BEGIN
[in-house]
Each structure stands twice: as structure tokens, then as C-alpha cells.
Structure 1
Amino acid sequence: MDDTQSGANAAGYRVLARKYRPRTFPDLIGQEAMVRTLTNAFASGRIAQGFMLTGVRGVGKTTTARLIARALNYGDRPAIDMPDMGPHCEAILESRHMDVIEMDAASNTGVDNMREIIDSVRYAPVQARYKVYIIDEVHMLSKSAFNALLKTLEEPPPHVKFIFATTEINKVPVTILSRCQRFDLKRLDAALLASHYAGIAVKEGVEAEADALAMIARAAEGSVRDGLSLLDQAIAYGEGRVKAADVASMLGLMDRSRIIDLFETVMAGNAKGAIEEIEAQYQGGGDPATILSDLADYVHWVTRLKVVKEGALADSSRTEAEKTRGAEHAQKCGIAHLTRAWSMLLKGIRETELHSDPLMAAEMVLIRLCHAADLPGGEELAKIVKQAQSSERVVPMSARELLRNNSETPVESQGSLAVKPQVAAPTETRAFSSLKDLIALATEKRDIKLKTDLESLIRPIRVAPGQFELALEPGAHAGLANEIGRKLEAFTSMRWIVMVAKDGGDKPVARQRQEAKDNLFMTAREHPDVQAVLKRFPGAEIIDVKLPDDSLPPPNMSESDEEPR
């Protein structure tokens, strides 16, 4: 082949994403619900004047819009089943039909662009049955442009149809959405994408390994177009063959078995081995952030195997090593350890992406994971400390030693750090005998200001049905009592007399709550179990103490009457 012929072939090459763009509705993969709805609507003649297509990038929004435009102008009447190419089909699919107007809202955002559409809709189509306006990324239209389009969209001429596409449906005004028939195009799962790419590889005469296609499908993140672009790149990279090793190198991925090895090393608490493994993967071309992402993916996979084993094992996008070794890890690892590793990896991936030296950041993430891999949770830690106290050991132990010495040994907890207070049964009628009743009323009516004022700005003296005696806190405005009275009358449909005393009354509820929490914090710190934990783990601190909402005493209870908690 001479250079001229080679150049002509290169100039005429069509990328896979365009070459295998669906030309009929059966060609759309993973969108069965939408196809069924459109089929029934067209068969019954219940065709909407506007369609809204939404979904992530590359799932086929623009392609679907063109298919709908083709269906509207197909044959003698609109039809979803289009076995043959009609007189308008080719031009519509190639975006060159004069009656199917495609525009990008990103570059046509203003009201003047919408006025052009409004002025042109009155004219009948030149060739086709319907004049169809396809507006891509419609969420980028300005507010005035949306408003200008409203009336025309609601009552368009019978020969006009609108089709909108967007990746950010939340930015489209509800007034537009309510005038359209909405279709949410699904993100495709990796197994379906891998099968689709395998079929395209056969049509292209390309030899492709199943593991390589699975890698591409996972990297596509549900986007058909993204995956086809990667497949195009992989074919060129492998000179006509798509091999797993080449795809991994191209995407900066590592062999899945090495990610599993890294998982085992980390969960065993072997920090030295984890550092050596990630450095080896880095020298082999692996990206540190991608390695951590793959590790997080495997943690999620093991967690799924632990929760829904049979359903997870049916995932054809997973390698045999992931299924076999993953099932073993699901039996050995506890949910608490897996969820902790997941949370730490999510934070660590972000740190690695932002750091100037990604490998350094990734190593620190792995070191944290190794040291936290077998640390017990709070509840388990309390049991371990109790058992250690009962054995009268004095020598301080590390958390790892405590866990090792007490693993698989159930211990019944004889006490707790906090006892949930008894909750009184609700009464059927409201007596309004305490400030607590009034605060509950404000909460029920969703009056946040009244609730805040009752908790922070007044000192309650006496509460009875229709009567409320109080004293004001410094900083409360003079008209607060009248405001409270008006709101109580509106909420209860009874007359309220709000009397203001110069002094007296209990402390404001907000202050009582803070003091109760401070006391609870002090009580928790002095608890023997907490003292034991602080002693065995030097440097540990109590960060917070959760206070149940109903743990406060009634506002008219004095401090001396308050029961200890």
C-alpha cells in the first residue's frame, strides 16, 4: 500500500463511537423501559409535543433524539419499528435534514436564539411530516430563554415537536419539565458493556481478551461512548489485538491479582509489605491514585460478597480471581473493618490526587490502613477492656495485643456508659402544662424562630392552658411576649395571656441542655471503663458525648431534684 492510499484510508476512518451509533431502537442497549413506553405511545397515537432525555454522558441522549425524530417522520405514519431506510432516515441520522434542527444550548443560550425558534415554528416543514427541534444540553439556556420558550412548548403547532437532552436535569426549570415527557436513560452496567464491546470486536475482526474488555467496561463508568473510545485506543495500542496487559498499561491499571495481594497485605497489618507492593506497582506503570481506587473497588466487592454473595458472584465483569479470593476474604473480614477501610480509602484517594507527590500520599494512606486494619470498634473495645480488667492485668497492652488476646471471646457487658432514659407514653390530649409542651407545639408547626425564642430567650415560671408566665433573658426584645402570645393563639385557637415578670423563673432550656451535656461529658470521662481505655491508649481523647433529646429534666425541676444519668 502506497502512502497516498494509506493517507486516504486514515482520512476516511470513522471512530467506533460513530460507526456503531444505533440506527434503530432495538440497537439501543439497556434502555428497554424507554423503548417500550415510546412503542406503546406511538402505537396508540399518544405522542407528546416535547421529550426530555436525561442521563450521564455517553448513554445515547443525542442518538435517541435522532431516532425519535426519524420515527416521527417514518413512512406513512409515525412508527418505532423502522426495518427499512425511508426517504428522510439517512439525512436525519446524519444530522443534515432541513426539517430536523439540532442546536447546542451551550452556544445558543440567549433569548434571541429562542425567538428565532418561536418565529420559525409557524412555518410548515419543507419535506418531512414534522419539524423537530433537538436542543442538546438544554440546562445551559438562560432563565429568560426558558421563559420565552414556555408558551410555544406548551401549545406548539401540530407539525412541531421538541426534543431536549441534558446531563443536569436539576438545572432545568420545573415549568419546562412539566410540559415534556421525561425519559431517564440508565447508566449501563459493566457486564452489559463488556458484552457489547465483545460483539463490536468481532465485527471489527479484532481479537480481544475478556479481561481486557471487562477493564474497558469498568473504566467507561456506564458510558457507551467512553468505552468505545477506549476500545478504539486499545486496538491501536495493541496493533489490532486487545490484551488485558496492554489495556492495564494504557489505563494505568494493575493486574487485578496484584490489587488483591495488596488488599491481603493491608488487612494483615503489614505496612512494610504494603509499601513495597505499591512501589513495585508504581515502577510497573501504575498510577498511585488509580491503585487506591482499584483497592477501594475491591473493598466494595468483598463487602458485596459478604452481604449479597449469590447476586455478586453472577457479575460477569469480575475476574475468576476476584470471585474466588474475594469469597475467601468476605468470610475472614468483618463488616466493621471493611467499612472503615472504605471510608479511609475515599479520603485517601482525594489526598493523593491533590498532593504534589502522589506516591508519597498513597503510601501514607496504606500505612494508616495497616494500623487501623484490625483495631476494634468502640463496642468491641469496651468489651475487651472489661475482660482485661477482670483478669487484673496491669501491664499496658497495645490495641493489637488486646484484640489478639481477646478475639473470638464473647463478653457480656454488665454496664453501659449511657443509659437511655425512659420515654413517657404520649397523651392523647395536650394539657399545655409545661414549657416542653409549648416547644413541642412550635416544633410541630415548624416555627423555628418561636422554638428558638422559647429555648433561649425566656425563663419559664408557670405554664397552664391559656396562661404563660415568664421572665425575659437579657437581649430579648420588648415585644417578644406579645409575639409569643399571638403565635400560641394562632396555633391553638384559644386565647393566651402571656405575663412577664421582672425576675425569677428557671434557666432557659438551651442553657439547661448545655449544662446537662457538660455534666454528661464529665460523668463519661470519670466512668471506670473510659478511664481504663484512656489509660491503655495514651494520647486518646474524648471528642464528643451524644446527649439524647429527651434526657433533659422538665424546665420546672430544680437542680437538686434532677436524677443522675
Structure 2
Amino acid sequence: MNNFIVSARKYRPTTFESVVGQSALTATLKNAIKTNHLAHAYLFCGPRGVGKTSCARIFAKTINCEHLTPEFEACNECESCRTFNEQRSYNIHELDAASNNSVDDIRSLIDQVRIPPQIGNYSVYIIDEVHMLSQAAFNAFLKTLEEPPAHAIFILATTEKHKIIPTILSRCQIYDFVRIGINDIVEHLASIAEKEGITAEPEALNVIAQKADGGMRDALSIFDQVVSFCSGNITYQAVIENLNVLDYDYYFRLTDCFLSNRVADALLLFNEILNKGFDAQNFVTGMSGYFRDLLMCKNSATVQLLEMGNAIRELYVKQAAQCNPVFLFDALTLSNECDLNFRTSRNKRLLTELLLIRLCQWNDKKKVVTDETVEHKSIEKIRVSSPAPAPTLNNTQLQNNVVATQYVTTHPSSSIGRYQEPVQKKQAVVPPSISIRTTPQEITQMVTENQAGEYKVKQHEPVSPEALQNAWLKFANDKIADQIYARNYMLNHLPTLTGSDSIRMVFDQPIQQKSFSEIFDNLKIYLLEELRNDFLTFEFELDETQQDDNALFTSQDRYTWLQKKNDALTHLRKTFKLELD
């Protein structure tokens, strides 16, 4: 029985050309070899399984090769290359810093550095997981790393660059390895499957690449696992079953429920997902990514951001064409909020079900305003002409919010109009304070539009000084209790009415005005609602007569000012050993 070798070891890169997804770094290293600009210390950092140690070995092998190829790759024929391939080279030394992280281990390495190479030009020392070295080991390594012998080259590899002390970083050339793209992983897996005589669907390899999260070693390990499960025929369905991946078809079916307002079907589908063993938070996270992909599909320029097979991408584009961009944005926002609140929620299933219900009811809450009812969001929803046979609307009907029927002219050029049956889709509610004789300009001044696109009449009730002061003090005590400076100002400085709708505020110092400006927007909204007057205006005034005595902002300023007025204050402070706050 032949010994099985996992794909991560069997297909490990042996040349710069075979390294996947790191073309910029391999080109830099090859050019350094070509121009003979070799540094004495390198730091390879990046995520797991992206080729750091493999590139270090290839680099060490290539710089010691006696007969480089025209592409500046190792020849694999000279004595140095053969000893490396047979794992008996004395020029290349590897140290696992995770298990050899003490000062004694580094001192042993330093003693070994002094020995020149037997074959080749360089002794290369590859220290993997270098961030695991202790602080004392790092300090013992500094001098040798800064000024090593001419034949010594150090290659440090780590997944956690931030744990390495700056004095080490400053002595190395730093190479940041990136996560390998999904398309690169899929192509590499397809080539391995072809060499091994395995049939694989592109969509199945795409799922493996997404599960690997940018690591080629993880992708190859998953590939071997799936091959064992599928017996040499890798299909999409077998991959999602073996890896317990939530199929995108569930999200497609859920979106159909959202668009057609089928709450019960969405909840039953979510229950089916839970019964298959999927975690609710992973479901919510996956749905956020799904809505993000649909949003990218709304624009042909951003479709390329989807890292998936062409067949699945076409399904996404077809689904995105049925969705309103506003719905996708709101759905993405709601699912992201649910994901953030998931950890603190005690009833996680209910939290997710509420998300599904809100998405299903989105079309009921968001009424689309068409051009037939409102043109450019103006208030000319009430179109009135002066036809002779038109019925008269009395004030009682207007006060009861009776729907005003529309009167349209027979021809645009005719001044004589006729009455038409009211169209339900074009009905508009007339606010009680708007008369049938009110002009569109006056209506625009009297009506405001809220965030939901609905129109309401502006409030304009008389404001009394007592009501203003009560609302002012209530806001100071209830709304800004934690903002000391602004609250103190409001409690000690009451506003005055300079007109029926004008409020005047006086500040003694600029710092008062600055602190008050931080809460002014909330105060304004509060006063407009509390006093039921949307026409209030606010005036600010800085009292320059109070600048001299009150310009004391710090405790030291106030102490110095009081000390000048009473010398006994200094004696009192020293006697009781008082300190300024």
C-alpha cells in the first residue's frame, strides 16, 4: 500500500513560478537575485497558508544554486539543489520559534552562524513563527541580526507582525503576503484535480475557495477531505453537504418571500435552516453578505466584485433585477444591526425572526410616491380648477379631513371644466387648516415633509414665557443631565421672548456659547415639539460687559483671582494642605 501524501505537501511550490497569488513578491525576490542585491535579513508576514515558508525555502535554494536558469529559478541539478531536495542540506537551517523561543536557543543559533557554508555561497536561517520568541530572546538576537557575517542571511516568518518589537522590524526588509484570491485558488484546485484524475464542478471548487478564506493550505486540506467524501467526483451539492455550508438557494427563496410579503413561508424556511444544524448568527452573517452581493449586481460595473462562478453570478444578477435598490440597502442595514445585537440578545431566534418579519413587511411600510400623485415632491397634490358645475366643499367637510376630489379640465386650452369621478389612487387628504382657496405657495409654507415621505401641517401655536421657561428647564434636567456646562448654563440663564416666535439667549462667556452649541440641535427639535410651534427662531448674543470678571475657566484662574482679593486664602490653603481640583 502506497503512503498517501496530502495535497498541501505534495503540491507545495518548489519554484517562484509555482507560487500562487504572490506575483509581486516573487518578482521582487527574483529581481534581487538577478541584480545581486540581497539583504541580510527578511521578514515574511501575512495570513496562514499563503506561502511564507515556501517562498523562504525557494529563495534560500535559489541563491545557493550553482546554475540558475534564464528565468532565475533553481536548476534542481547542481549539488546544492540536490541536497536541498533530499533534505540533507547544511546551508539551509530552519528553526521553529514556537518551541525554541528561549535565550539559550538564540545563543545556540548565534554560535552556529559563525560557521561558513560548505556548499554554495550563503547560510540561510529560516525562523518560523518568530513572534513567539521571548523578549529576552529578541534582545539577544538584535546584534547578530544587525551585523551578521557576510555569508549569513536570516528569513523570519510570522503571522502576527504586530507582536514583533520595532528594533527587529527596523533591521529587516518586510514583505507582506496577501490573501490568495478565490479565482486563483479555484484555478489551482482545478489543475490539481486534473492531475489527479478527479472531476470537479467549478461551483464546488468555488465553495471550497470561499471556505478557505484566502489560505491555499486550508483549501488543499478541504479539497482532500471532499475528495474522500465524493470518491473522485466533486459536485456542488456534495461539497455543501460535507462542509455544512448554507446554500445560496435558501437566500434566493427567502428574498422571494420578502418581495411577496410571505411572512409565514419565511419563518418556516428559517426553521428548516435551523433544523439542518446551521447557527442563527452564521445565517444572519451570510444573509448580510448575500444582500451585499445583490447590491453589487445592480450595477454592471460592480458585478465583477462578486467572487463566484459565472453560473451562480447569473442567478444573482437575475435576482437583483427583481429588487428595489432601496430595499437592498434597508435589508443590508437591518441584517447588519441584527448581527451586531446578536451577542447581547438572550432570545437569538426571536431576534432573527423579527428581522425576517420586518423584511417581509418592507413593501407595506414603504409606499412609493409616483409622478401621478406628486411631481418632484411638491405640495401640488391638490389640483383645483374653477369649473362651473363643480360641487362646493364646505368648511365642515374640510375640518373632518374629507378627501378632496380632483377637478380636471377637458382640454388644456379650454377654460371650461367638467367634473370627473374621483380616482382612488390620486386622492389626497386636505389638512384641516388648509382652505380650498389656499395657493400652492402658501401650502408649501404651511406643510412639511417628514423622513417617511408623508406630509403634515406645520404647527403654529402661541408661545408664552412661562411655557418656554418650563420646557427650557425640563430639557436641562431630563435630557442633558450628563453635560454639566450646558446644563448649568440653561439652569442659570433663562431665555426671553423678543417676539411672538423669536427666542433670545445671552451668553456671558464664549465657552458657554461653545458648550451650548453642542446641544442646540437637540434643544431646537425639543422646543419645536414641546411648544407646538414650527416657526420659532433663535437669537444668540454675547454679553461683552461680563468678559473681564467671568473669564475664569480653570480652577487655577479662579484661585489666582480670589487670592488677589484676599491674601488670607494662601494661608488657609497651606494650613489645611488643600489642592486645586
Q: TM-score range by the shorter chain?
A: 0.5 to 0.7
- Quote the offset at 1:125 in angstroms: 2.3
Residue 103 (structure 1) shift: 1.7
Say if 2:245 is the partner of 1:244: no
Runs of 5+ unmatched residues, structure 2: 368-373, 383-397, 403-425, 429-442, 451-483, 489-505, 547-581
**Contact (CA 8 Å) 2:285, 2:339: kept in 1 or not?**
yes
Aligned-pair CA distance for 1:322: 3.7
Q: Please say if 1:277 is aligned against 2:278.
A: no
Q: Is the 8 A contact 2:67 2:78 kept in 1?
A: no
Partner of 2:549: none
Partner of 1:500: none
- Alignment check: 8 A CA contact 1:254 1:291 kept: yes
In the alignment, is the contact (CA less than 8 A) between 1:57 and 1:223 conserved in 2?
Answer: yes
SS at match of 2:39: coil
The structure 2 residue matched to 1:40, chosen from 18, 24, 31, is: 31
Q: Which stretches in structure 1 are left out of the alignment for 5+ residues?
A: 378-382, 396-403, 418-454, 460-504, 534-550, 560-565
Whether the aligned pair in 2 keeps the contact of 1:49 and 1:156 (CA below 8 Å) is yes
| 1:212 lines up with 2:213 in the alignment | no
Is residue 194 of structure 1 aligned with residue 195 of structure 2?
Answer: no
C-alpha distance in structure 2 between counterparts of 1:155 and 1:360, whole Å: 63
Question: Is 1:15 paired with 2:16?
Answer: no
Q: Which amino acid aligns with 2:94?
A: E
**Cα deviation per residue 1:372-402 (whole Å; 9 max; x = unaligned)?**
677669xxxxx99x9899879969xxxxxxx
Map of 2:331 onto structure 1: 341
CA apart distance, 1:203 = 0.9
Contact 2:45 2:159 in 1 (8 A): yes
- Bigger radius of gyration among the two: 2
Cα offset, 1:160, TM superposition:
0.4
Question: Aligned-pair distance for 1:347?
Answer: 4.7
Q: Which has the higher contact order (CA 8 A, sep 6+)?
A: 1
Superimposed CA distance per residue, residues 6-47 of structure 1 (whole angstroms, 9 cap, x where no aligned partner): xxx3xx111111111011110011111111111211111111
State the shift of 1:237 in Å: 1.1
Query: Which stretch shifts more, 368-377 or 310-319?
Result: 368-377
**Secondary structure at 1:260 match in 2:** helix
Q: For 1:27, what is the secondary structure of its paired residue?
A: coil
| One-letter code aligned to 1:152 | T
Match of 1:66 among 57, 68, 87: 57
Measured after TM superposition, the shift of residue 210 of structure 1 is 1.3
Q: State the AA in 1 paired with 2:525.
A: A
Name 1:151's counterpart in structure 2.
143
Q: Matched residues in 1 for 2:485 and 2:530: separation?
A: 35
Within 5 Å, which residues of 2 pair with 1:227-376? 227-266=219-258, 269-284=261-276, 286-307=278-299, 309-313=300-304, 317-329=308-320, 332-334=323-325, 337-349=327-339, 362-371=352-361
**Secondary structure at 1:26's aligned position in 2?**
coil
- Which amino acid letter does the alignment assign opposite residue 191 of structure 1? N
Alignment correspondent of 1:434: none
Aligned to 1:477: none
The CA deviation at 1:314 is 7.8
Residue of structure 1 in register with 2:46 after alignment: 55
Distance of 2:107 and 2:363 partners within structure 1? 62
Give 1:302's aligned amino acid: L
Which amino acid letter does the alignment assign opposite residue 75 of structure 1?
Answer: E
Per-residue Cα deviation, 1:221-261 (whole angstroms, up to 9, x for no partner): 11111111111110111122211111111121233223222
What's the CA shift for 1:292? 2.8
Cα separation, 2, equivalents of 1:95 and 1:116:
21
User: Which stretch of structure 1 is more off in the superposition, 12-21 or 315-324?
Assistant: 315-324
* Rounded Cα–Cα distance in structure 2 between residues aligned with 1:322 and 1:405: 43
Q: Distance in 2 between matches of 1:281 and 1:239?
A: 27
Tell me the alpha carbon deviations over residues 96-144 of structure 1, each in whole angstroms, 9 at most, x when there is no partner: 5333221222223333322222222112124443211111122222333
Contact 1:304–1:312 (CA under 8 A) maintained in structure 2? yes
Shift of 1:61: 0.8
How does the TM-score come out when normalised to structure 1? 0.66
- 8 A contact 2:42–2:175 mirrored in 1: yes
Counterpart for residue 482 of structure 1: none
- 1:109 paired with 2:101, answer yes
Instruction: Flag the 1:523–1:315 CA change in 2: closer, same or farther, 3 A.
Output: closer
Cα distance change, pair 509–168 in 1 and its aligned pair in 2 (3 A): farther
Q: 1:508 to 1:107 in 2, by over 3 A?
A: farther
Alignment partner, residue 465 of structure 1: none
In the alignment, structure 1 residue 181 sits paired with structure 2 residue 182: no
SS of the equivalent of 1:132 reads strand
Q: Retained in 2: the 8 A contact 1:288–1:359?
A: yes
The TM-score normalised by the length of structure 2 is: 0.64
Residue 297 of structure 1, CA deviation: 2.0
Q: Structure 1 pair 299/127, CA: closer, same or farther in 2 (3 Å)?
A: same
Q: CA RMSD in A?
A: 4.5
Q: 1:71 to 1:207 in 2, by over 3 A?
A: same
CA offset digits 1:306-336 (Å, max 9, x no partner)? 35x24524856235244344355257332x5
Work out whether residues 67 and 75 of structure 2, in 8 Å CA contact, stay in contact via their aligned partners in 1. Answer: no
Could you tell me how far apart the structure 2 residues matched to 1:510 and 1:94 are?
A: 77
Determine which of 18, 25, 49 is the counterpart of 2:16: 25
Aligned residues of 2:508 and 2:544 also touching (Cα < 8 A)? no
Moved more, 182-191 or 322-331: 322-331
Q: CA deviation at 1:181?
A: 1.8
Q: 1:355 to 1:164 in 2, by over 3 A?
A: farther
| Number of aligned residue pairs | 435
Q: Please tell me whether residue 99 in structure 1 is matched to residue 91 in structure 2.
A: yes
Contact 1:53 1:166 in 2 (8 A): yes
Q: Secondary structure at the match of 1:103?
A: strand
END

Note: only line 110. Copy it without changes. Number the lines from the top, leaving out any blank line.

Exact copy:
Q: Structure 1 pair 299/127, CA: closer, same or farther in 2 (3 Å)?